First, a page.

Military Strategies To Build Healthy Habits

The military is notable people when it comes to strict discipline-physiological, psychological, and practical. One cannot merely be part of the armed forces by simply being a genius or intelligent. It must be a holistic discipline, especially with the body. The brain is helpless if the body is powerless and incapable of doing an action, no matter how simple the task seems. Although not every one of us is capable and qualified to join the military, we can learn from the armed forces’ mighty men how to train ourselves towards healthy habits.

The Art of War by Sun Tzu

a man with a head band with printed “Spartan 9678”, crawling on the ground, an obstacle course racing

Sun Tzu lived nearly 2 500 years ago, but his teachings and writings remain a significant inspiration today. He was a legendary military tactician of ancient China, and he authored the book on warfare in a treatise he called “The Art of War.”

He was a guru of “soft power” and the father of “agile warfare.” He believed that it is possible to win a battle without fighting (which he preferred) or, at the very least, to win the easiest battles first.

The book is famous worldwide, featuring some of the most inspiring lines, including: “In war, the victorious strategist only seeks battle after the victory has been won.” Sun Tzu advised his troops to “make your way by unexpected routes and attack unguarded spots.” And he further stated, “Military tactics are like water. For water, in its natural course, runs away from high places and hastens downwards. So, in war, the way is to avoid what is strong and strike at what is weak.”

Although originally Sun Tzu intended the teachings to his troops, over thousands of years, it extends far beyond the field of battle as the principles focused on finding the easiest way to achieve a specific goal. His approaches are also used by businessmen, athletes, and ordinary people aiming for growth, self-improvement, and habit formation.


A military climbing the rope

Set achievable targets or goals

As Sun Tzu advised in his Art of War, “the way is to avoid what is strong and strike at what is weak.” This can be applied when building a healthy body by starting with easy to achieve and maintain habits because it will allow you to succeed easier. 

Example: If your goal is spending a 2-hour long-running every day, you will realize that it is not achievable. Instead, you can aim for a 10–20-minute run 3-4 days in a week. It is more feasible, and you will likely succeed.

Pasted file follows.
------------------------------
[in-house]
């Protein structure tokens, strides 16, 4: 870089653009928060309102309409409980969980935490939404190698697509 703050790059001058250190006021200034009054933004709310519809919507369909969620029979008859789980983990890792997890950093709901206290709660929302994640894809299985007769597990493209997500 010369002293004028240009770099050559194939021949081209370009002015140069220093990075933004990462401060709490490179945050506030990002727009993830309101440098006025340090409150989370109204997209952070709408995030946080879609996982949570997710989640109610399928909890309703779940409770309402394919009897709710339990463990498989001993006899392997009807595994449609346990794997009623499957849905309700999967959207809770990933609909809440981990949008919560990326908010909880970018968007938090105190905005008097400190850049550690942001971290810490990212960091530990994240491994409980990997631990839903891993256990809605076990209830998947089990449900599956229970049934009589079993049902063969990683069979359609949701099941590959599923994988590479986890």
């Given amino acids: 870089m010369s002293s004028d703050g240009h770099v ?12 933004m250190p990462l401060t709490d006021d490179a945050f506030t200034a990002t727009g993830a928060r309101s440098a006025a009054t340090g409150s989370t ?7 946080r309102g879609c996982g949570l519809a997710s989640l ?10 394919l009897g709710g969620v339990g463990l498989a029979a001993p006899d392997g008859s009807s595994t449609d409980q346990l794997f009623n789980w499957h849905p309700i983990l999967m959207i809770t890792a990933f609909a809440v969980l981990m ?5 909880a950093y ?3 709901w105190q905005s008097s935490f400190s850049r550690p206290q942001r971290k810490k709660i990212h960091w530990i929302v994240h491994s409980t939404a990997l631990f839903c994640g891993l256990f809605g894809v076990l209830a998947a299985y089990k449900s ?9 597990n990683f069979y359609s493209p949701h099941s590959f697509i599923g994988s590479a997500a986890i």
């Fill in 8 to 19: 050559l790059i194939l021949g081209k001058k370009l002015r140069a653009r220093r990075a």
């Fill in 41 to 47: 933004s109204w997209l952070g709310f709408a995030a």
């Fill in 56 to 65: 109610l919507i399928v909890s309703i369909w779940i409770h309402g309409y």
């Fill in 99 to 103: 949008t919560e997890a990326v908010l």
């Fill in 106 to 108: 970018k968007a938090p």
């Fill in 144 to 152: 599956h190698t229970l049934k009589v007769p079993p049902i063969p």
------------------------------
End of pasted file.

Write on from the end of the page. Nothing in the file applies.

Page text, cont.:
Achieving bigger goals sometimes delay your success or takes away your strong motivation because you see them as difficult to achieve. But when you try to adjust your goals, although small steps, constantly, you will see good results.

Know the Right Time to Fight

Timing is another important point in the Art of War. Attack your enemies when they are weak and tired, said Tzu. 

When doing something, a new habit, or physical training, do it at the right time, and not in the sense of “oh, I’ll start tomorrow,” but more in the sense of “is this the moment my bad habits are weakest?” 

It’s a reality that maintaining good habits doesn’t only need a strong force or willpower, but also a good environment and the right timing to perform those habits. When bad habits are more taken care of, there will be fewer distractions from your good habits.

Fight Battles You Are Destined to Win

Despite your strong willpower to follow a healthy lifestyle, it is still not an effective strategy if you try to build good habits in bad environments. As Tzu says. “make your way by unexpected routes and attack unguarded spots.”

The best strategy is to build your habits in a more conducive environment where it is easy to do so. Re-define the situation and create a game where the chances are on your side.

For example, you have a goal to finish a book you are reading to maintain a healthy lifestyle, you can find Ways to Retain More Of Each Book You Read, so you don’t just read it, but you get to retain what you have read and apply it.

Incorporate active breaks into your routine

Military men don’t disregard the value of quick breaks. If working at a desk, stand up and move around occasionally. If you work in a high-rise building, you can sometimes use the stairs instead of just riding the elevator. Quick naps. Although not an active routine can significantly help and is proven effective in restoring and recharge energy during the day. 

In these modern times, work-from-home is the new trend; many stressors and distractors delay completing specific tasks, but you can do quick breaks through a short brisk walk outdoors or perform some yoga stretches to relieve your body pains and ease your mind from unhealthy thoughts.